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From the January Newsletter of EatFirst - www.eatfirst.org 2004


Fish farming in enviro crosshairs

      It boggles the mind.  After 40 years of crying about depletion of ocean fisheries one would think the Greens would welcome aquaculture with open arms.  According to the FAO report “State of the World’s Fisheries and Aquaculture 2002”, farmed fish increased from 3.9% of total production in 1970 to 27.3% in 2000.  That’s an environmental miracle to crow about!  In 2001 fish farming saved 37.5 million metric tons from being taken from the oceans.  Genetically enhanced salmon, for example, grow twice as fast as regular salmon and eat 20 percent less food.  This means that fish farmers can raise twice as much fish in the same amount of area while producing less pollution.  So what is it about this environmental miracle that the Greens don’t like? 

      Same old story - it’s not about saving fish, it’s about who feeds the fish.  Farmed salmon have been in their crosshairs for a long time.  Over the past few years several different scares have circulated including bogus environmental damage, and of course, the horrifying prospect of ‘factory fish’ breeding with wild fish.  That was followed by the “fake pink color” scare and genetic engineering scare.  Fortunately the public doesn’t listen very well and fish farming is growing, not shrinking.

      Their latest strategy is attacking farmed fish on a food safety basis.  Actually this began in 2001 when Canada’s favorite whacko, David Suzuki, tested 8 salmon and found higher levels of PCBs in farmed fish.  That was followed by an Environmental Working Group study that tested 10 fish about six months ago.  The EWG managed to get their non-peer-reviewed, unpublished, “study” covered in several papers including the New York Times.  The first clue that this was more junk science was the fact that PCB levels were never given.  They were simply identified as a “toxin” or “probable human carcinogen” and/or “a cause of cancer and nervous system damage”. 

      PCBs are a now-banned chemical that was formerly used in industrial insulation and legally released into rivers and streams.  And, there is absolutely no credible evidence that environmental exposure to them poses a risk of cancer or any other ailment.  Even workers who were exposed to high levels over many years show no increased cancer rates.  At high doses, PCBs can cause tumors in lab animals but so do thousands of naturally occurring chemicals found everywhere.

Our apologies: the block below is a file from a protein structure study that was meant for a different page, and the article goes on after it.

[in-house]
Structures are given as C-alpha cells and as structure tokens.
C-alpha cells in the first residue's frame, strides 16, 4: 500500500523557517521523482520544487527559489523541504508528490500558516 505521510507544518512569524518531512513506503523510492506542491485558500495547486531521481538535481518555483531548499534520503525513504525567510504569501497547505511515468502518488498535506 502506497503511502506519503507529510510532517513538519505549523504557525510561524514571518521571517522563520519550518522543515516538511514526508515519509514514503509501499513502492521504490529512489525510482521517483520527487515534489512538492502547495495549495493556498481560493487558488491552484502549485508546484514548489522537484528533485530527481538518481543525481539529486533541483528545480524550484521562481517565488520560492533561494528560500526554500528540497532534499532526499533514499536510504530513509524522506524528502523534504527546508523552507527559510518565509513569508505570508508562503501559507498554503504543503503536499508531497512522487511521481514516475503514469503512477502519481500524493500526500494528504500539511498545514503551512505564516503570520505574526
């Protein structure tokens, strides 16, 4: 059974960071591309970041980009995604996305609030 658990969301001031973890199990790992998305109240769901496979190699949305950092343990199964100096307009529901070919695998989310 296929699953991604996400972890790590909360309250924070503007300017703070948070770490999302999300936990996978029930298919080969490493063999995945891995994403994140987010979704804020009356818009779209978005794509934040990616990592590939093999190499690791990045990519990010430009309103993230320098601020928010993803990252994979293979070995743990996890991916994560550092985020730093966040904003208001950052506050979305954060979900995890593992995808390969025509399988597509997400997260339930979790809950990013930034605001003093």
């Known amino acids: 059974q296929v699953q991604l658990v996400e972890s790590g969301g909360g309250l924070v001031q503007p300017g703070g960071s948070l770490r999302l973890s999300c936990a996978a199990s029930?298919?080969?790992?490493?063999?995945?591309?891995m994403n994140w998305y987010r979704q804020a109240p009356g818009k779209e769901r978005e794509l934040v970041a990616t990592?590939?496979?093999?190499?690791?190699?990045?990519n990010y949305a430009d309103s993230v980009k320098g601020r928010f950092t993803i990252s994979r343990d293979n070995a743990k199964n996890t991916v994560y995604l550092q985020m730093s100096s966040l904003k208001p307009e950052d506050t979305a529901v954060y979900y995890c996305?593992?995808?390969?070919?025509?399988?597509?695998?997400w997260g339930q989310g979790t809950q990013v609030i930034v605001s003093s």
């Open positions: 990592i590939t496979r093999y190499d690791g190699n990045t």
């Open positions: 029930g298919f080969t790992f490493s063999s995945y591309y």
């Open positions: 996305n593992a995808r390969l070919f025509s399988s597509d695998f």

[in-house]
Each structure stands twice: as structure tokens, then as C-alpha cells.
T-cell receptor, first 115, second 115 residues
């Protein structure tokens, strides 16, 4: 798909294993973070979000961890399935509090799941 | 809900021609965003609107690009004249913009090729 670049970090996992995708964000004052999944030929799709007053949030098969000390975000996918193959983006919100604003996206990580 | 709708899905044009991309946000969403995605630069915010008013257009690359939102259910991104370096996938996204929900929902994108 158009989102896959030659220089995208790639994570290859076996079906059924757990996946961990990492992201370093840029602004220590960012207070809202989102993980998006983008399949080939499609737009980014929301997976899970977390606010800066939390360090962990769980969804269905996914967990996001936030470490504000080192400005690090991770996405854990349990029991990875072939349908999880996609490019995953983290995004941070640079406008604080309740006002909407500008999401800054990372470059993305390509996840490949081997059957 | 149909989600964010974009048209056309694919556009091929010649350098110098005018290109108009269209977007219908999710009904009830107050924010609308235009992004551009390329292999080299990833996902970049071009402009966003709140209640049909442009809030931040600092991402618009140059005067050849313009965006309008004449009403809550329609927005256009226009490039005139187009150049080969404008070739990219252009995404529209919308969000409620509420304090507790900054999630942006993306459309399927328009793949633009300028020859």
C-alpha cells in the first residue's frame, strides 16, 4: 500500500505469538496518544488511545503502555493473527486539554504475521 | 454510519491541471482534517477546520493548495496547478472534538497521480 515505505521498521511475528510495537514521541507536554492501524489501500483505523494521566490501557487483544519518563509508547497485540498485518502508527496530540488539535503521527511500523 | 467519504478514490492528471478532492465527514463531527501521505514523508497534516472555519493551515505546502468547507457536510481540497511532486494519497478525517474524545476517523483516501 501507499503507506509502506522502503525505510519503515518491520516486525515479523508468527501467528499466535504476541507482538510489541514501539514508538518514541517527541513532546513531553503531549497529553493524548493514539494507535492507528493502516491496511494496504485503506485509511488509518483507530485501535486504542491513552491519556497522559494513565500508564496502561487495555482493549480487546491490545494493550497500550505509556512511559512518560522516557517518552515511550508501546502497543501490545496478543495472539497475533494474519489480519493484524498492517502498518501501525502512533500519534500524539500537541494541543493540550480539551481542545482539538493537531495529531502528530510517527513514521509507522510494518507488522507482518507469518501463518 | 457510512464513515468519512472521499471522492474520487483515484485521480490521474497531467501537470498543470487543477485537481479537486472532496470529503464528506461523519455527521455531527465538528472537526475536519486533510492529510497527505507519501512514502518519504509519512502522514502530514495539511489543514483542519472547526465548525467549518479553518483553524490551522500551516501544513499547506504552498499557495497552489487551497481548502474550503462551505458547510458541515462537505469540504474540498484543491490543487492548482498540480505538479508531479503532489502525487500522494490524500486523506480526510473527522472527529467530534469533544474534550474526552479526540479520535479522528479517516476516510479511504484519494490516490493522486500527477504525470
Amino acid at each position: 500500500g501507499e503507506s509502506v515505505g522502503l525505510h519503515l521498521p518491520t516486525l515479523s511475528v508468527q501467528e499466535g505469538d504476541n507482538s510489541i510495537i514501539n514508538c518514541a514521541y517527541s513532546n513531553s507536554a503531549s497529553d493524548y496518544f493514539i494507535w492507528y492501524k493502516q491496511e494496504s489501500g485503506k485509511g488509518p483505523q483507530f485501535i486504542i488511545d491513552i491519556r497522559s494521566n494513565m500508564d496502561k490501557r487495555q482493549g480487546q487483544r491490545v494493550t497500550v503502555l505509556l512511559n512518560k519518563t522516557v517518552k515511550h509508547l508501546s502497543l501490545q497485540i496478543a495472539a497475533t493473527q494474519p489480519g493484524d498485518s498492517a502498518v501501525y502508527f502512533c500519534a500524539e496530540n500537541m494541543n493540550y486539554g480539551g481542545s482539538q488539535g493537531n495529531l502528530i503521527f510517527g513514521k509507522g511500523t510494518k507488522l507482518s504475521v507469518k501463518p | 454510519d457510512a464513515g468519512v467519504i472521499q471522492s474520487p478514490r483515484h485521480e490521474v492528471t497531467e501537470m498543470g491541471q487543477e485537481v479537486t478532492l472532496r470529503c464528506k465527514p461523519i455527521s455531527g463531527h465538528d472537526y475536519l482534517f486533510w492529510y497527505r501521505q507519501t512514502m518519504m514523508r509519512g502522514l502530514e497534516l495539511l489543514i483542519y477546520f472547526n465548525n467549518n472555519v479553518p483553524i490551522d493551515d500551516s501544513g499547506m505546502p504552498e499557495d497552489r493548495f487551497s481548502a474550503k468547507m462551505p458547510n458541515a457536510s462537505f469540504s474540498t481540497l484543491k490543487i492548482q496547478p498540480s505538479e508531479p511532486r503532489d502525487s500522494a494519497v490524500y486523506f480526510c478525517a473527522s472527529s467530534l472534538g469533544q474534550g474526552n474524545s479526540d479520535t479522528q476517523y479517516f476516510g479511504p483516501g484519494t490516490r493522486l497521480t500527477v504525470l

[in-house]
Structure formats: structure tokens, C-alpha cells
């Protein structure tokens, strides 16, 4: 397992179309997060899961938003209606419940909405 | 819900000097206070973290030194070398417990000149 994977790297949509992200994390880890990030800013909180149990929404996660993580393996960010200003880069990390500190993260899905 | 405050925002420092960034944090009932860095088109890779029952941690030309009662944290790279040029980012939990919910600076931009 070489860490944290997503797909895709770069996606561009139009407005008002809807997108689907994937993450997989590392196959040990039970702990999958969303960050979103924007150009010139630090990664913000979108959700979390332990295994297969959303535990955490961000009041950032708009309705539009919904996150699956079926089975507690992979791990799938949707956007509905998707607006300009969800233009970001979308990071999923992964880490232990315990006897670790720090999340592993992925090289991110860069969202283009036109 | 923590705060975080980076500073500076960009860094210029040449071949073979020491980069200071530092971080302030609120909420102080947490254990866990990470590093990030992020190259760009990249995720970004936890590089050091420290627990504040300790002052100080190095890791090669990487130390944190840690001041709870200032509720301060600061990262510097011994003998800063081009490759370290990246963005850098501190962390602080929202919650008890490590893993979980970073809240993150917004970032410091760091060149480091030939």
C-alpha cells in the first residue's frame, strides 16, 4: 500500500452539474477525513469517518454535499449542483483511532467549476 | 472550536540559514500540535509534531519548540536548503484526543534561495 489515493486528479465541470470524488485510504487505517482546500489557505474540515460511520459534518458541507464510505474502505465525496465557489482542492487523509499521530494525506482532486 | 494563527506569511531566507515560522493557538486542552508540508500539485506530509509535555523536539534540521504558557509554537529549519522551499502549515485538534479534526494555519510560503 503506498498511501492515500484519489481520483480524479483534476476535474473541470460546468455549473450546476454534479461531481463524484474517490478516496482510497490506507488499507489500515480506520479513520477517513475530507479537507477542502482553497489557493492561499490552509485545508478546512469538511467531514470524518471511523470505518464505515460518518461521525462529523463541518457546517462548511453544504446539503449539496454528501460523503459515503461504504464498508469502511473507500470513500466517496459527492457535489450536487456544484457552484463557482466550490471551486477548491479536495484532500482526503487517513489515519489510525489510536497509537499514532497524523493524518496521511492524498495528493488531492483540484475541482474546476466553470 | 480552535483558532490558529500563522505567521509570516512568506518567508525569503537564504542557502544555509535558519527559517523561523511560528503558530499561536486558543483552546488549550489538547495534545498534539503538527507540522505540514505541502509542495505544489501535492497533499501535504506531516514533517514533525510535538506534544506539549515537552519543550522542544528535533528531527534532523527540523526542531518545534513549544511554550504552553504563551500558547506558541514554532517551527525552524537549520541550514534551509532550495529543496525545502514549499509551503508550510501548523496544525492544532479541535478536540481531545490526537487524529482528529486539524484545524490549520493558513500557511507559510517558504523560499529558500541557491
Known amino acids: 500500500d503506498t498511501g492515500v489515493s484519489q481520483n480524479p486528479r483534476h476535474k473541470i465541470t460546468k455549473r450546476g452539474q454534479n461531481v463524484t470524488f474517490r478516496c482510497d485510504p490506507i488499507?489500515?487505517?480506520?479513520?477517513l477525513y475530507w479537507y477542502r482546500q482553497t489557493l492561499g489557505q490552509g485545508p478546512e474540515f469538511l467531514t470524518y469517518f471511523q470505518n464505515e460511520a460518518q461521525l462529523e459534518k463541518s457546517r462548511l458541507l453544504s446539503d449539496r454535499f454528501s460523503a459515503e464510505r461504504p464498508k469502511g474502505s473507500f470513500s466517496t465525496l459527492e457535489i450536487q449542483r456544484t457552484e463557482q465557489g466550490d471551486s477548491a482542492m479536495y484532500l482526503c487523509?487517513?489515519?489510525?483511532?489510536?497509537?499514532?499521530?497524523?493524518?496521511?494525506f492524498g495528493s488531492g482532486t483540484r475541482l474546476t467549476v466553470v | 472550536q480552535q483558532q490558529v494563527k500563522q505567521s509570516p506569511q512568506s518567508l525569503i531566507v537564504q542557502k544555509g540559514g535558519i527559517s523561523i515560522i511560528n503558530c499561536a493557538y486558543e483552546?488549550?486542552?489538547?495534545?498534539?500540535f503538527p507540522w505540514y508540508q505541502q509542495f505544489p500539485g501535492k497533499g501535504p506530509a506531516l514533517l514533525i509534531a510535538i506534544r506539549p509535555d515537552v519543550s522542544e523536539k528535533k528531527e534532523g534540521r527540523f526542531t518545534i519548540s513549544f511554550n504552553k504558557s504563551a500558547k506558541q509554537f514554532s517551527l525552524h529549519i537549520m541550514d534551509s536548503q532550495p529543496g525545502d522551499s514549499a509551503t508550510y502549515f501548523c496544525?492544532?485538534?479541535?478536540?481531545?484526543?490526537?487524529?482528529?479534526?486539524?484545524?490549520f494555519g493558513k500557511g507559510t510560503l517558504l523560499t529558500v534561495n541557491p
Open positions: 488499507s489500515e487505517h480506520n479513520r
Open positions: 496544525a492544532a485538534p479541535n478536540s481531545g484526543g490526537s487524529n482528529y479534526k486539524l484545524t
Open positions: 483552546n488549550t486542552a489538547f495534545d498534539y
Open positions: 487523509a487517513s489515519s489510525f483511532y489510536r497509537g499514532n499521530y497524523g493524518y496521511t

After the scare stories appeared the American Council on Science and Health called the National Cancer Institute asking if they knew of any evidence, new or old, that trace levels of PCBs in fish contribute to the toll of human cancer.  The NCI said “no”.

      Furthermore, one needs to look at where the scare stories originated.  The EWG is not a science organization, it’s an advocacy group.  In fact the group once conceded to the Weekly Standard magazine that they don’t even have a single doctor or scientist on staff.  They do claim David Fenton as a Board Member and, if you recall, he is the one who masterminded the Alar scare years ago.

      Just this past week the PCB issue flared up again, fueled by another study, this one paid for by Pew Charitable Trusts.  It was published in Science, “Global Assessment of Organic Contaminants in Farmed Salmon”.  Pew has been after fish farming for years and throws pots of money at researchers for ‘studies’ that can be used to further this end.  They also support EWG and they have lobbied Congress for a moratorium on new fish farms.  As Steve Milloy at www.junkscience.com says, “At least the Pew Charitable Trusts are appropriately named.  Like their bogus salmon scare, they stink.”

      There has never been a single health effect associated with eating farmed salmon despite people eating literally tons of it over the past 20 years.  The PCB levels in commercial fish are well-within the safe levels set by the FDA.  Plus, the levels have been declining for years.  The levels reported in Science are about 20 times lower than levels found by the FDA in 1989.


Oops! Wild salmon have higher PCBs

      Today, just as I finished the above article, the Seattle PI (1/15) reports yet another study that shows Puget Sound’s wild chinook have PCB levels just as high as the farm raised fish in the Science study and in some cases even higher.  How’s that for timing?  Some days I just love what I do.  How are enviros going to cover their hypocrisy this time?  Wild salmon are their icon, their god!  When will intelligent people wise-up and quit listening to them?


      As for the dangers from Puget Sound fish, they are the same as farm raised, as near to zero as you can get.  In fact Washington state health officials, after studying Puget Sound salmon contamination for about a year, say they probably won’t issue advice on how often the fish should be eaten.  Why?  They believe the heart-healthy benefits of salmon far outweigh the risks posed by PCBs.  Well, doesn’t that sound familiar – the benefits outweigh the risks.  Enough said!






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